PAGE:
22 148 CHAPTER 7. AUTONOMOUS ROBOT MOTION CONTROL push off with its rear foot in the moments before it takes a step with that foot. The set-point of this reflex can be adjusted to accelerate or decelerate the biped, by tending to tip it forwards or backwards. The f 5 FOX module adjusts this set-point to try and control the biped speed. The FOX s output is limited to prevent it from moving the set-point too far, which could cause over-balancing. Another FOX module, f 8, adjusts the ankle reference to keep the biped upright. It is controlling the same parameter as f 5, so it needs to have a different eligibility profile to prevent the errors e 1 and e 2 from simply having an additive effect on the ankle s reference. Arm swing module: This swings the arms to try and prevent the body from twisting during walking. The f 6 FOX module adjusts the gain of this reflex to get the best effect (see movie walk3.mpg). Global twist compensator: This is common to both legs, and acts when both feet are on the ground to try and prevent body twist. It is essential, because the modules that control the main hip reference tend to fight each other when both feet are on the ground, causing a net torque to be applied between the feet which twists the body around. This twist can pull the feet out of their stable stance, causing the biped to slip. The f G1 FOX module changes the main hip references of both legs (using a different sign for each leg) to try and counteract this twisting effect. Global side drift compensator: This is also common to both legs, and acts when both feet are on the ground to tilt the body such that the sideways desired-path deviation is minimized. The appropriate hip side reference adjustment is learned by the f G2 FOX module (see figure 7.16 and movie walk4.mpg). The learning rates for all FOXs were chosen experimentally by observing the learned parameter. For example, if it did not grow fast enough, the learning rate was increased, and if it grew too large or started to over-train then the output limiting factor was increased Walking performance As has already been seen, the biped can learn to walk with a steady gait. Figure 7.12 shows the training performance that was achieved with the system described here. A speed reference of 0.3 m/s and a constant direction reference were used. The time spent in each training iteration is shown (where each iteration ends when the biped falls over). After 220 iterations the biped is walking perfectly, with a total simulated training time of 74 minutes. The training time can be adjusted up and down by changing the learning rates. A compromise must be made: higher learning rates give faster learning, but the system is also more susceptible to learning abnormalities such as over-training and learning interference. Notice that the biped s performance (iteration time) does not increase monotonically, as might be expected if this was a simpler optimal control system. Instead the biped goes through various training stages. In each stage a different failure mode is experienced (for example, falling to the side due to inadequate hip side compensation). Only a subset of learnable parameters experience a high training effect in each stage. Figure 7.17 shows a typical falling-over event near the start of training. A variety of such events are shown in movie walk8.mpg. Eventually the FOX modules have sufficient experience to keep the biped standing for extended periods of time, at which point the control parameters can be fine tuned to ensure a steady gait. Occasionally while the biped is walking it will get into an unanticipated configuration and fall over (figure 7.18), but these events are essential for the training experience to be comprehensive.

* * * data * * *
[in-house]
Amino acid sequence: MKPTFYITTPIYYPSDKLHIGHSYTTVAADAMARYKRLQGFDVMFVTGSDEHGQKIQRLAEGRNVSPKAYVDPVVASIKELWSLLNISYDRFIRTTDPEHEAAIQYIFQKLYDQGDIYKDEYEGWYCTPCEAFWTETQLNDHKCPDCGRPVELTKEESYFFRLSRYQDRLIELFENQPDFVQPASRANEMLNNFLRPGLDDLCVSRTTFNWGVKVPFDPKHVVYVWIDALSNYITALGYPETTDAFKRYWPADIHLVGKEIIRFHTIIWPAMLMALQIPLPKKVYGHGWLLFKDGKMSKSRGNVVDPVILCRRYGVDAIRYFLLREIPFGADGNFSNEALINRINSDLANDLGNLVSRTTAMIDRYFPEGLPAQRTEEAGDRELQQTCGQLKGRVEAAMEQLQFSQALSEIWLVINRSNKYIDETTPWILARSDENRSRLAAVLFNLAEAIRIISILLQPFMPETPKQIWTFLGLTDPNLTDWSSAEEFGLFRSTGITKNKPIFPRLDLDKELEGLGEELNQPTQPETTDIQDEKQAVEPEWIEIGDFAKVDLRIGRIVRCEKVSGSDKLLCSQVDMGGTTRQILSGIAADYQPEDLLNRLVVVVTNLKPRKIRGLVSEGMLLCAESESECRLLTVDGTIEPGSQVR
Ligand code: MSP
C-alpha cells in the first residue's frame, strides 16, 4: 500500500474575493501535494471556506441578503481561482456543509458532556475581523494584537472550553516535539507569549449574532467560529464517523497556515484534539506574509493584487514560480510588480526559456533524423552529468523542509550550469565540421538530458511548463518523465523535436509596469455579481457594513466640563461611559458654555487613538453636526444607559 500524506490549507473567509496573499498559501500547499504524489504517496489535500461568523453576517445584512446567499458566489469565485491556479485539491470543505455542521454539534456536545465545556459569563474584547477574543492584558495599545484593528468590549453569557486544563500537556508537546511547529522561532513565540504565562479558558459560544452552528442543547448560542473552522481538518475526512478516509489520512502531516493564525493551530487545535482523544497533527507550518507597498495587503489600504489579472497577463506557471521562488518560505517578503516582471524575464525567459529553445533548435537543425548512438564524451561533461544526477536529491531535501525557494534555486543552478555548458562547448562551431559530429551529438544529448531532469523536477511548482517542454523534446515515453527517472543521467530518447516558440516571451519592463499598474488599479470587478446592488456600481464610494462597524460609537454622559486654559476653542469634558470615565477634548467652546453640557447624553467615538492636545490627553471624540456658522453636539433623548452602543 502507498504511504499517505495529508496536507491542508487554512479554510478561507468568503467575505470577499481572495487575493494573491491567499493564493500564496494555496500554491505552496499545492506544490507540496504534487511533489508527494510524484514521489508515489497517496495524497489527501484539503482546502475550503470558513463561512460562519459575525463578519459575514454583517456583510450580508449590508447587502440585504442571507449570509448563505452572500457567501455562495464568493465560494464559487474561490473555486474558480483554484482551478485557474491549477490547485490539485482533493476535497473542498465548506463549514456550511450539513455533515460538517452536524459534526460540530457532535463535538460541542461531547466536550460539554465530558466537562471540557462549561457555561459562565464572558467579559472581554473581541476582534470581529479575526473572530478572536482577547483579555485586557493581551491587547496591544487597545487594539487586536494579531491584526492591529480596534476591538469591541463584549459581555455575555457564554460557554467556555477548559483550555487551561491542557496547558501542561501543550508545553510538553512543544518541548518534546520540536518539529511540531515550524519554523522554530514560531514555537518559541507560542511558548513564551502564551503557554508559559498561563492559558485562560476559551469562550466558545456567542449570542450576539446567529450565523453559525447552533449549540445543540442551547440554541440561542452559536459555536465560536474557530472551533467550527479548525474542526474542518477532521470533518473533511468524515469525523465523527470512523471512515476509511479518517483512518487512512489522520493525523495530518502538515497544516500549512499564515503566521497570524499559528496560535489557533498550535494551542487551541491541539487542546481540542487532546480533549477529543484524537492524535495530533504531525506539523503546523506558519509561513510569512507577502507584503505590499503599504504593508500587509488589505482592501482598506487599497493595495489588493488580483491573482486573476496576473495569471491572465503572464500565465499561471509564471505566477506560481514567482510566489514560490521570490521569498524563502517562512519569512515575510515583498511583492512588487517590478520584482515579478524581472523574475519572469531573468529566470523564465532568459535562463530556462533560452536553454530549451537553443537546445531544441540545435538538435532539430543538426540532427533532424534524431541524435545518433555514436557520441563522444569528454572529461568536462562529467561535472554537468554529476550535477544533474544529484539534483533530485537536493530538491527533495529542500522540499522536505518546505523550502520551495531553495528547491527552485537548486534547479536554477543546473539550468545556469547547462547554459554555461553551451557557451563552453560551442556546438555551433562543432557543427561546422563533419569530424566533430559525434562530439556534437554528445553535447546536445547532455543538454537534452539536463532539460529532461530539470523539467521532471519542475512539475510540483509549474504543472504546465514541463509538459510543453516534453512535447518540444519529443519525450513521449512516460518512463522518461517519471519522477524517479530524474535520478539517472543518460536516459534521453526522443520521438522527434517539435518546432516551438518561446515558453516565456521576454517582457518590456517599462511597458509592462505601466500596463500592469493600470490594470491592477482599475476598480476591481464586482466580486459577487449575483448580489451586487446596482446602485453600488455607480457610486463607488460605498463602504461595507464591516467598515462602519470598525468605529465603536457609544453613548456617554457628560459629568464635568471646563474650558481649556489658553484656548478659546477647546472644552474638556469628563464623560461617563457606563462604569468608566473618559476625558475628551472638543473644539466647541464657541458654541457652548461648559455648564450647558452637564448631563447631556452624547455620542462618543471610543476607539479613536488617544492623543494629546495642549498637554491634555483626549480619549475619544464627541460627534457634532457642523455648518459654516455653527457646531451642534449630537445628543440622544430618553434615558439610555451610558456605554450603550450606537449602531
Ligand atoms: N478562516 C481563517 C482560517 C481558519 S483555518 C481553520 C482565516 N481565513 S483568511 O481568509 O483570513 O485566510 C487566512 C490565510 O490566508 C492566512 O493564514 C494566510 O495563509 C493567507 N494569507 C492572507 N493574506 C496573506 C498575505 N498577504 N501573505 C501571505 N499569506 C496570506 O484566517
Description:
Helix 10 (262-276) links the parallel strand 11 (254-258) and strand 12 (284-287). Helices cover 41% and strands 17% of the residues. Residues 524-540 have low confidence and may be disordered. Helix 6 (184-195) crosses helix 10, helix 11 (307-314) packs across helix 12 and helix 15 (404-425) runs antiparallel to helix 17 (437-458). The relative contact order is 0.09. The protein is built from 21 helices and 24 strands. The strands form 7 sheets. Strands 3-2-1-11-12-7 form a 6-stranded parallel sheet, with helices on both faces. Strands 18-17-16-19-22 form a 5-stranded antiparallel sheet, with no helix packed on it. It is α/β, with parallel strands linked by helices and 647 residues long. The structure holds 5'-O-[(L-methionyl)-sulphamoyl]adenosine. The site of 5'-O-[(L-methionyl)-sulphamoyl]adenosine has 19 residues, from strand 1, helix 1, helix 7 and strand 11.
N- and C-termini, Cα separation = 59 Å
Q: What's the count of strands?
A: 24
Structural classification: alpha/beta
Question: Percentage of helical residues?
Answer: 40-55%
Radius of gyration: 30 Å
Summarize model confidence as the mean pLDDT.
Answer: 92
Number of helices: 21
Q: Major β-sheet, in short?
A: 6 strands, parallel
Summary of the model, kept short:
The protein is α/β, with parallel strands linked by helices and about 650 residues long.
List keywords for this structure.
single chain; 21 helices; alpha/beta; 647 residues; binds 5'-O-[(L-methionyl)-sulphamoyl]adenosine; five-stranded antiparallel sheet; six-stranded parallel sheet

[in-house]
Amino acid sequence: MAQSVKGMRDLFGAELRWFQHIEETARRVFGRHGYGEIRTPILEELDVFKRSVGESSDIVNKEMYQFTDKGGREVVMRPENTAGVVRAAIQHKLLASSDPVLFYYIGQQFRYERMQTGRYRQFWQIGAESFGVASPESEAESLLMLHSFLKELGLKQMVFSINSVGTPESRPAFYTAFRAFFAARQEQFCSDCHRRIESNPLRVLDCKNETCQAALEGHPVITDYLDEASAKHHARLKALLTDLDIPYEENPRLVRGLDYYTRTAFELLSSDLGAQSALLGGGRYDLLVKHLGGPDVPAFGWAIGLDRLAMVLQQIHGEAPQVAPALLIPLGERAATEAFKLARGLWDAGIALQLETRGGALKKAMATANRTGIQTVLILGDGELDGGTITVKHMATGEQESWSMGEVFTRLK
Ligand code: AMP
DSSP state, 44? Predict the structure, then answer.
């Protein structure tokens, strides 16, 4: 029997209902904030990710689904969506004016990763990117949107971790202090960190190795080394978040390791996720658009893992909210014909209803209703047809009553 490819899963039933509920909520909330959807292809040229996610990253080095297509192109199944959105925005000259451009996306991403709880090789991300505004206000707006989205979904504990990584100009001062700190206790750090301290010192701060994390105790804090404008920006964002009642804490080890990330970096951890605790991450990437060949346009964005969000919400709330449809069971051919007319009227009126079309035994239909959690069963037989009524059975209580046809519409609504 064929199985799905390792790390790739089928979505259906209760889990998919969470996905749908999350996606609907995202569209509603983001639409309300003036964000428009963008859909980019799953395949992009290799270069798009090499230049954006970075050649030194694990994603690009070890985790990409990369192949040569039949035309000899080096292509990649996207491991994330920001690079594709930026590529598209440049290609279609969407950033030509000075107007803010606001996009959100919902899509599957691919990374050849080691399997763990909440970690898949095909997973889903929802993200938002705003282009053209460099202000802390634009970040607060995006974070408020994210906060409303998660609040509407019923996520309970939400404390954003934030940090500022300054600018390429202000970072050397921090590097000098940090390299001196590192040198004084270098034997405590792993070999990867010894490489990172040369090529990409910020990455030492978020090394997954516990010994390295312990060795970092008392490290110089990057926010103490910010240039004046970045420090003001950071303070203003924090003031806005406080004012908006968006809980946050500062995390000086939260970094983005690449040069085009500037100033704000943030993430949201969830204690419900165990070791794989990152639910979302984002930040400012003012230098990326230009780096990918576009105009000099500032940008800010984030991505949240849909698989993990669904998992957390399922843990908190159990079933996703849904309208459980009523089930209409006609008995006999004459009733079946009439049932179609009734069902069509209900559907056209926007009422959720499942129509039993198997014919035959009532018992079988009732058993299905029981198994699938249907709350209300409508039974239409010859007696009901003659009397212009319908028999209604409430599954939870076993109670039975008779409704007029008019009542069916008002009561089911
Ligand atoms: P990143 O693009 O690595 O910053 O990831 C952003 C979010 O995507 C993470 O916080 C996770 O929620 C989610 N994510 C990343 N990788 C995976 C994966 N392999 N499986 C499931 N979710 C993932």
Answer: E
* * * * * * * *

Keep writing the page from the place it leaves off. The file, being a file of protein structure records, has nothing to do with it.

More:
23 7.7. MAKING A BIPED ROBOT WALK Time to failure (s) Iteration Figure 7.12: The training performance for the walking biped. This shows the time spent in each training iteration, where each iteration ends when the biped falls over. After 220 iterations the biped walks perfectly (note the biped is reset after 300 seconds of successful walking). The total training time is 74 minutes. Once trained the robot was able to adapt its gait to speed references up to the reference used during training, as shown in movie walkt2.mpg. The biped was also able to follow an arbitrary path, simply by changing the direction reference and path deviation calculation (see figure 7.19 and movie walkt2.mpg). The biped was also tested on its ability to walk up and down slopes. The test environment is shown in figure After training the biped successfully crossed the ramp, as seen in figure 7.21, figure 7.22 and movie walkt2.mpg. The biped had to learn to adjust its gait to suit each slope separately. This is shown in figure 7.23, where the biped has successfully climbed the up-slope of the ramp but trips over on the flat top because it has not yet had flat-ground experience. The effect that training has on the biped motion is subtle but significant. Figure 7.24 shows some biped joint angles over three stepping cycles, before training. The same thing after training is shown in figure The general appearance of both plots is the same, that is the biped makes almost the same motions in each case. But on closer inspection there are many fine differences, which are required for stable walking. Figure 7.26 shows three trained FOX outputs over three stepping cycles. The complex form of each FOX output has been acquired through training via the need to compensate as much as possible for the perturbing effects of the rest of the system (which includes the other FOX modules). In effect, the form of each signal is specially constructed to anticipate what the biped might be doing wrong and compensate for it before it has a chance to manifest itself. Also notice that the activity of each FOX output is concentrated in the region where its gating signal is nonzero.